Prediction: This Tech Stock Could Make a Big Move Thanks to Artificial Intelligence (AI)


The broader technology sector has received a big boost in the past year and a half thanks to the emergence of artificial intelligence (AI), which explains why the Nasdaq-100 Technology Sector index has gained an impressive 83% since the beginning of 2023. However, not all tech stocks have benefited from this surge; Snowflake (NYSE: SNOW) is one such example.

Shares of the company, which provides a cloud-based data platform, have gained only 5% since the beginning of last year. Snowflake’s latest results for the first quarter of fiscal 2025 (for the three months ended April 30, 2024) didn’t do much to inspire investor confidence either as the stock fell more than 5%.

However, a closer look at Snowflake’s results indicate investors may have overreacted.

Snowflake is looking to capitalize on a fast-growing market

Snowflake’s revenue for fiscal Q1 increased 33% year over year to $829 million, which was well past the consensus estimate of $787 million. However, the company’s adjusted earnings fell 6% year over year to $0.14 per share and missed the $0.18-per-share estimate. Snowflake lowered its full-year margin guidance. It is now forecasting a non-GAAP (adjusted) operating margin of 3% for the year compared to the earlier forecast of 6%.

Investors may have pressed the panic button on account of the weaker margin projection. However, the company is making a smart move by ramping up investments in AI infrastructure, a strategy that will dent its margins in the short run but could open new growth opportunities. CFO Mike Scarpelli said: “We are lowering our full year margin guidance in light of increased GPU-related costs related to our AI initiatives. We are operating in a rapidly evolving market, and we view these investments as key to unlocking additional revenue opportunities in the future.”

Snowflake is purchasing graphics processing units (GPUs) so that it can build AI-focused services such as Snowpark, Cortex, Document AI, and its own large language model (LLM). Cortex, for instance, gives Snowflake customers access to multiple LLMs so that they can build AI applications such as chatbots using their own data without having to invest in expensive hardware.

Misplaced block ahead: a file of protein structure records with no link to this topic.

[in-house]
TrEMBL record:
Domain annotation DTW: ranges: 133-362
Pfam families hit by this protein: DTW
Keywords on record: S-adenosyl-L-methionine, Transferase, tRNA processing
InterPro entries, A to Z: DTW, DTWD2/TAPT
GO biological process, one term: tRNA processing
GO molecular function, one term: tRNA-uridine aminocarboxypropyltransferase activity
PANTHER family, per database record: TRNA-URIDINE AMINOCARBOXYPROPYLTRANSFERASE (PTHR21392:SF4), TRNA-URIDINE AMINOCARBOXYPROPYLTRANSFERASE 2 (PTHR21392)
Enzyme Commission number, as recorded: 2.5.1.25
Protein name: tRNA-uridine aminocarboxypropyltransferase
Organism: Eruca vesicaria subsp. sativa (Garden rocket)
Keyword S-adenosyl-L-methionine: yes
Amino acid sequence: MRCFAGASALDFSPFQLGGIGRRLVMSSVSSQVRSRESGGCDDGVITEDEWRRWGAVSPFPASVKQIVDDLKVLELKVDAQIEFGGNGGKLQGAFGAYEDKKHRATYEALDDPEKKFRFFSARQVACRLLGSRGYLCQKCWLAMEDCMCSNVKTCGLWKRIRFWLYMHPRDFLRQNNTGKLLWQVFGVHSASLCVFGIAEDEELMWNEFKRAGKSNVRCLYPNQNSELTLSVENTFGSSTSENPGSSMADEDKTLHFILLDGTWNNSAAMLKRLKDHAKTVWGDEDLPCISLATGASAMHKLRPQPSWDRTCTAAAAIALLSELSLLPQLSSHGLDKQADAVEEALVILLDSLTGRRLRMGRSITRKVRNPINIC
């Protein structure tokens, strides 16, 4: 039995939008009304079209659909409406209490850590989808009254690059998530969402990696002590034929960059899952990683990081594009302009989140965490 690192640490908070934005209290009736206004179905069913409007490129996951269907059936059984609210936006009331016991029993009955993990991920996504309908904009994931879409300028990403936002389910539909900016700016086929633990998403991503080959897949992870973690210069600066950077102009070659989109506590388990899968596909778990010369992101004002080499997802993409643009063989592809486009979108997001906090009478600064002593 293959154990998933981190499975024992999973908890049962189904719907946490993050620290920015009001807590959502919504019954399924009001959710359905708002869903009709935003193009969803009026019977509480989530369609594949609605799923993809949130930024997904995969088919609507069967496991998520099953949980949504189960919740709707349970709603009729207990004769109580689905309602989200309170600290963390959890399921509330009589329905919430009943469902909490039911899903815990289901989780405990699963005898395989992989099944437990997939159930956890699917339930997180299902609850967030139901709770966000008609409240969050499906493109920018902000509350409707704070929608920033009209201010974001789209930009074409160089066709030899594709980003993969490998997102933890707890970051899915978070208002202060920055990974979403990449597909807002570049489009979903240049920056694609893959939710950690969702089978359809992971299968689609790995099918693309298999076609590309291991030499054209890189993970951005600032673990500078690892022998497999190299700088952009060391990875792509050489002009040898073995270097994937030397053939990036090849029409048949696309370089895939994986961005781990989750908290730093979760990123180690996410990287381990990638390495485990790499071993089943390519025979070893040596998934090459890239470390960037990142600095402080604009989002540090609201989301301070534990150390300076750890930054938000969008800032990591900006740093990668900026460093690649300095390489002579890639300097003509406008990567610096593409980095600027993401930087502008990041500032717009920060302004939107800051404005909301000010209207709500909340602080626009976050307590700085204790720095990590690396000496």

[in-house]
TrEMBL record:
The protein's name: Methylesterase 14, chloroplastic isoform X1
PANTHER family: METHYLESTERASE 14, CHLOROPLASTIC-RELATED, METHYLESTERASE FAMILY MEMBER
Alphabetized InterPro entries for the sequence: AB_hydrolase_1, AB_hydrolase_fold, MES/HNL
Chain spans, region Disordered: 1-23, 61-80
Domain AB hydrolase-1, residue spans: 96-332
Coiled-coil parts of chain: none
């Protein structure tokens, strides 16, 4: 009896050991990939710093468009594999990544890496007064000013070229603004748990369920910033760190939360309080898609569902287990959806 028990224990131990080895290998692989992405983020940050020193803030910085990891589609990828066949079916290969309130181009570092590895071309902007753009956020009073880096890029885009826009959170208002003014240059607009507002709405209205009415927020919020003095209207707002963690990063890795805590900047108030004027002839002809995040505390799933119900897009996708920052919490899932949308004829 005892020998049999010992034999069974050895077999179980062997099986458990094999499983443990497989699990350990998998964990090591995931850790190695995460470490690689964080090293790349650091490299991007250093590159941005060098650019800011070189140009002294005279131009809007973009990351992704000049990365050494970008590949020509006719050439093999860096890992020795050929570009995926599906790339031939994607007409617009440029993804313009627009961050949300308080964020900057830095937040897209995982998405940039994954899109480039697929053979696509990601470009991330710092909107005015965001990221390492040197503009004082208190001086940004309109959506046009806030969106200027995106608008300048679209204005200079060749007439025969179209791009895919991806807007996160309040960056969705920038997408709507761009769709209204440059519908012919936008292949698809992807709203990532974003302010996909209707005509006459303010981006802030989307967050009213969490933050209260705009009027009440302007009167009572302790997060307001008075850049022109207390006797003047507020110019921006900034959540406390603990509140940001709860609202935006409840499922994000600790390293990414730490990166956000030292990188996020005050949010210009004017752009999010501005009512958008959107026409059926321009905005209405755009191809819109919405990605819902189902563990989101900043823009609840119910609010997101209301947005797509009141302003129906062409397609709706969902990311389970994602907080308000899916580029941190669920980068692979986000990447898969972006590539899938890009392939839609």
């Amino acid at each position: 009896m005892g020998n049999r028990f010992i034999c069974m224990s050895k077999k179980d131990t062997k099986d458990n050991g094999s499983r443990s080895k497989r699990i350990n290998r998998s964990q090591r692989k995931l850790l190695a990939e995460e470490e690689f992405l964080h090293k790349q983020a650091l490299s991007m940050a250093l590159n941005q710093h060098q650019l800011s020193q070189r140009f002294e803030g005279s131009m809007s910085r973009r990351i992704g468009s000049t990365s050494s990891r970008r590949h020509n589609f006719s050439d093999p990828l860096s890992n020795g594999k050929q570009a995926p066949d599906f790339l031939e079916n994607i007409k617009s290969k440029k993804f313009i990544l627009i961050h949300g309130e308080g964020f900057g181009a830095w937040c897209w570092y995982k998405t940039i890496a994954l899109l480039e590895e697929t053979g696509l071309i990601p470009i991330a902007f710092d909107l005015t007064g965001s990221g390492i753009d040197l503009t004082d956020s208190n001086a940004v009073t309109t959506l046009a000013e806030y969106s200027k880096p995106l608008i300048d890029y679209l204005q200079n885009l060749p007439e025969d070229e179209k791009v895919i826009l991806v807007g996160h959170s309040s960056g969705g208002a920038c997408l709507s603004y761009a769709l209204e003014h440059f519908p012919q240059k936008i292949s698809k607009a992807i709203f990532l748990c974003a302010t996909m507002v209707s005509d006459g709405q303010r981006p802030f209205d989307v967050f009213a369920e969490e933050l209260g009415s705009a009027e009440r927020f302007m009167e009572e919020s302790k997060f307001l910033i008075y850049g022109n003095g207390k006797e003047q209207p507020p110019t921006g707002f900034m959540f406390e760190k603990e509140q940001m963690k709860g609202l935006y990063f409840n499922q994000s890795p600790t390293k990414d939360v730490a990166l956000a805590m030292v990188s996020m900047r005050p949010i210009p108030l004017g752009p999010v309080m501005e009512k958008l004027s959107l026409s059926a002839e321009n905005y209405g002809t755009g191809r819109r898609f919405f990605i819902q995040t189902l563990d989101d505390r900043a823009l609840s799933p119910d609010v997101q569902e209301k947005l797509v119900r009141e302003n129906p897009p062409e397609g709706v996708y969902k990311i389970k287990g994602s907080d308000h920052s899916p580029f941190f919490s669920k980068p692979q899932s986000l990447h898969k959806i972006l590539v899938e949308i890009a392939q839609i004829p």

Chief Executive Officer Sridhar Ramaswamy points out that Snowflake is witnessing “an impressive ramp in Cortex AI customer adoption since going generally available.” More than 750 Snowflake customers are already using Cortex since it was made generally available on May 7. The company ended the previous quarter with a total customer base of just over 9,800, which means a nice chunk of its customer base has adopted its AI-focused offerings in a short period.

This bodes well for Snowflake as its strategy of adding AI services to its cloud data platform will encourage its existing customers to spend more money, while also attracting new customers into the company’s fold. After all, the AI-as-a-service market that Snowflake is targeting is expected to clock annual growth of almost 37% through 2029, generating $72 billion in revenue at the end of the forecast period.

The good part is that Snowflake is already witnessing healthy growth in its customer base, while also winning a bigger share of their wallets, and AI could accelerate this trend.

These metrics point toward a bright future

Snowflake’s customer count increased 21% year over year in the previous quarter. Even better, the number of customers who have generated more than $1 million in product revenue for the company increased at a greater pace of 30% year over year. Moreover, Snowflake’s dollar-based net retention rate stood at an impressive 128%. This is a sign of higher spending by its existing customers, as this metric compares the money spent on the company’s offerings in a quarter to the spending by the same customer cohort in the year-ago period.

This combination of an improvement in Snowflake’s customer base and higher customer spending explains why its remaining performance obligations (RPO) jumped 46% year over year to $5 billion. That was an improvement over the 41% growth in RPO in the preceding quarter. According to Snowflake, RPO represents “the amount of contracted future revenue that has not yet been recognized.”

The fact that Snowflake’s RPO growth has accelerated, and that the metric is growing at a faster pace than its revenue, suggests that its future revenue pipeline is improving. Not surprisingly, Snowflake has raised its full-year product revenue guidance to $3.3 billion from the earlier estimate of $3.25 billion. What’s more, analysts have also raised their growth expectations from Snowflake following its latest results.

SNOW Revenue Estimates for Current Fiscal Year Chart

SNOW Revenue Estimates for Current Fiscal Year Chart

Savvy investors, therefore, should consider taking advantage of Snowflake’s underperformance as AI could help this tech stock regain its mojo.

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Harsh Chauhan has no position in any of the stocks mentioned. The Motley Fool has positions in and recommends Snowflake. The Motley Fool has a disclosure policy.

Prediction: This Tech Stock Could Make a Big Move Thanks to Artificial Intelligence (AI) was originally published by The Motley Fool



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